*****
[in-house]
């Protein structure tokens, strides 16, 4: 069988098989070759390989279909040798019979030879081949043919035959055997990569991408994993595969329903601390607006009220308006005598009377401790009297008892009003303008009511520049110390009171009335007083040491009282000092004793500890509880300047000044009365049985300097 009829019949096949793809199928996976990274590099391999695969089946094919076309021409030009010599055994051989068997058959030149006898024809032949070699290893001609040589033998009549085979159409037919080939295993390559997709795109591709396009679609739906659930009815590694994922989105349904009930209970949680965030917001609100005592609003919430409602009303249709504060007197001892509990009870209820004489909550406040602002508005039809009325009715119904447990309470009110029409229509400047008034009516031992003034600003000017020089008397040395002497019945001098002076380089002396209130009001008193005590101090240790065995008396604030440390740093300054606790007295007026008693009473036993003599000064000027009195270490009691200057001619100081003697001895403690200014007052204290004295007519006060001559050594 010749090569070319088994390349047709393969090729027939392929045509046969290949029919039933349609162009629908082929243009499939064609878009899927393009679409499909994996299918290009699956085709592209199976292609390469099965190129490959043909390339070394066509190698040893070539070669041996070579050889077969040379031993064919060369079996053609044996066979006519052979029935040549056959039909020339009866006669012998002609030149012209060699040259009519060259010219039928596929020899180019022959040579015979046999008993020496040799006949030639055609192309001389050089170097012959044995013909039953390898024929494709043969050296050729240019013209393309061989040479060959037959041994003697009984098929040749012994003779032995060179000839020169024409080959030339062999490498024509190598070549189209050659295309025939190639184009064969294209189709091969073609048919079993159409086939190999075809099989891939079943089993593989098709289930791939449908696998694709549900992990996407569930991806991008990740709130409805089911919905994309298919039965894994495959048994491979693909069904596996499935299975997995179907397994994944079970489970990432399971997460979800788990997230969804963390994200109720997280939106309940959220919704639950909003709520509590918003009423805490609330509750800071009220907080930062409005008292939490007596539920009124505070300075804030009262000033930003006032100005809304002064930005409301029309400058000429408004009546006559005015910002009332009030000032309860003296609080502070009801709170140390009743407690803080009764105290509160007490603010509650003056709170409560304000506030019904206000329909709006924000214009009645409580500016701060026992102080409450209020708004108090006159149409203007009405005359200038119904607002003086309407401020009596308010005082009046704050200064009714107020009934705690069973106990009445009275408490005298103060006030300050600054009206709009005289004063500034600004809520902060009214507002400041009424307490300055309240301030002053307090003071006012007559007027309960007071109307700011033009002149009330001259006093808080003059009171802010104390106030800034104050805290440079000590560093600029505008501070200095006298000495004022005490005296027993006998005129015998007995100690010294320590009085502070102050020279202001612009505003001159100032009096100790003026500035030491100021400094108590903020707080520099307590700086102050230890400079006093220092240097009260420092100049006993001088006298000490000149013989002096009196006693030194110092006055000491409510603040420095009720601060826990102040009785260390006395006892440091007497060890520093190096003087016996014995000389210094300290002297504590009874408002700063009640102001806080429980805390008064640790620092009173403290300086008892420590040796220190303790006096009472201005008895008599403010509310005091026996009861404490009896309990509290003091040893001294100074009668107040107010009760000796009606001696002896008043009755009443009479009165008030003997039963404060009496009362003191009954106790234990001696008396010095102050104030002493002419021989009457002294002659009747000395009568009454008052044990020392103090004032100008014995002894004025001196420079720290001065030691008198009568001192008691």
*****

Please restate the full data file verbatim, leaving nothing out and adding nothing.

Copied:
[in-house]
């Protein structure tokens, strides 16, 4: 069988098989070759390989279909040798019979030879081949043919035959055997990569991408994993595969329903601390607006009220308006005598009377401790009297008892009003303008009511520049110390009171009335007083040491009282000092004793500890509880300047000044009365049985300097 009829019949096949793809199928996976990274590099391999695969089946094919076309021409030009010599055994051989068997058959030149006898024809032949070699290893001609040589033998009549085979159409037919080939295993390559997709795109591709396009679609739906659930009815590694994922989105349904009930209970949680965030917001609100005592609003919430409602009303249709504060007197001892509990009870209820004489909550406040602002508005039809009325009715119904447990309470009110029409229509400047008034009516031992003034600003000017020089008397040395002497019945001098002076380089002396209130009001008193005590101090240790065995008396604030440390740093300054606790007295007026008693009473036993003599000064000027009195270490009691200057001619100081003697001895403690200014007052204290004295007519006060001559050594 010749090569070319088994390349047709393969090729027939392929045509046969290949029919039933349609162009629908082929243009499939064609878009899927393009679409499909994996299918290009699956085709592209199976292609390469099965190129490959043909390339070394066509190698040893070539070669041996070579050889077969040379031993064919060369079996053609044996066979006519052979029935040549056959039909020339009866006669012998002609030149012209060699040259009519060259010219039928596929020899180019022959040579015979046999008993020496040799006949030639055609192309001389050089170097012959044995013909039953390898024929494709043969050296050729240019013209393309061989040479060959037959041994003697009984098929040749012994003779032995060179000839020169024409080959030339062999490498024509190598070549189209050659295309025939190639184009064969294209189709091969073609048919079993159409086939190999075809099989891939079943089993593989098709289930791939449908696998694709549900992990996407569930991806991008990740709130409805089911919905994309298919039965894994495959048994491979693909069904596996499935299975997995179907397994994944079970489970990432399971997460979800788990997230969804963390994200109720997280939106309940959220919704639950909003709520509590918003009423805490609330509750800071009220907080930062409005008292939490007596539920009124505070300075804030009262000033930003006032100005809304002064930005409301029309400058000429408004009546006559005015910002009332009030000032309860003296609080502070009801709170140390009743407690803080009764105290509160007490603010509650003056709170409560304000506030019904206000329909709006924000214009009645409580500016701060026992102080409450209020708004108090006159149409203007009405005359200038119904607002003086309407401020009596308010005082009046704050200064009714107020009934705690069973106990009445009275408490005298103060006030300050600054009206709009005289004063500034600004809520902060009214507002400041009424307490300055309240301030002053307090003071006012007559007027309960007071109307700011033009002149009330001259006093808080003059009171802010104390106030800034104050805290440079000590560093600029505008501070200095006298000495004022005490005296027993006998005129015998007995100690010294320590009085502070102050020279202001612009505003001159100032009096100790003026500035030491100021400094108590903020707080520099307590700086102050230890400079006093220092240097009260420092100049006993001088006298000490000149013989002096009196006693030194110092006055000491409510603040420095009720601060826990102040009785260390006395006892440091007497060890520093190096003087016996014995000389210094300290002297504590009874408002700063009640102001806080429980805390008064640790620092009173403290300086008892420590040796220190303790006096009472201005008895008599403010509310005091026996009861404490009896309990509290003091040893001294100074009668107040107010009760000796009606001696002896008043009755009443009479009165008030003997039963404060009496009362003191009954106790234990001696008396010095102050104030002493002419021989009457002294002659009747000395009568009454008052044990020392103090004032100008014995002894004025001196420079720290001065030691008198009568001192008691």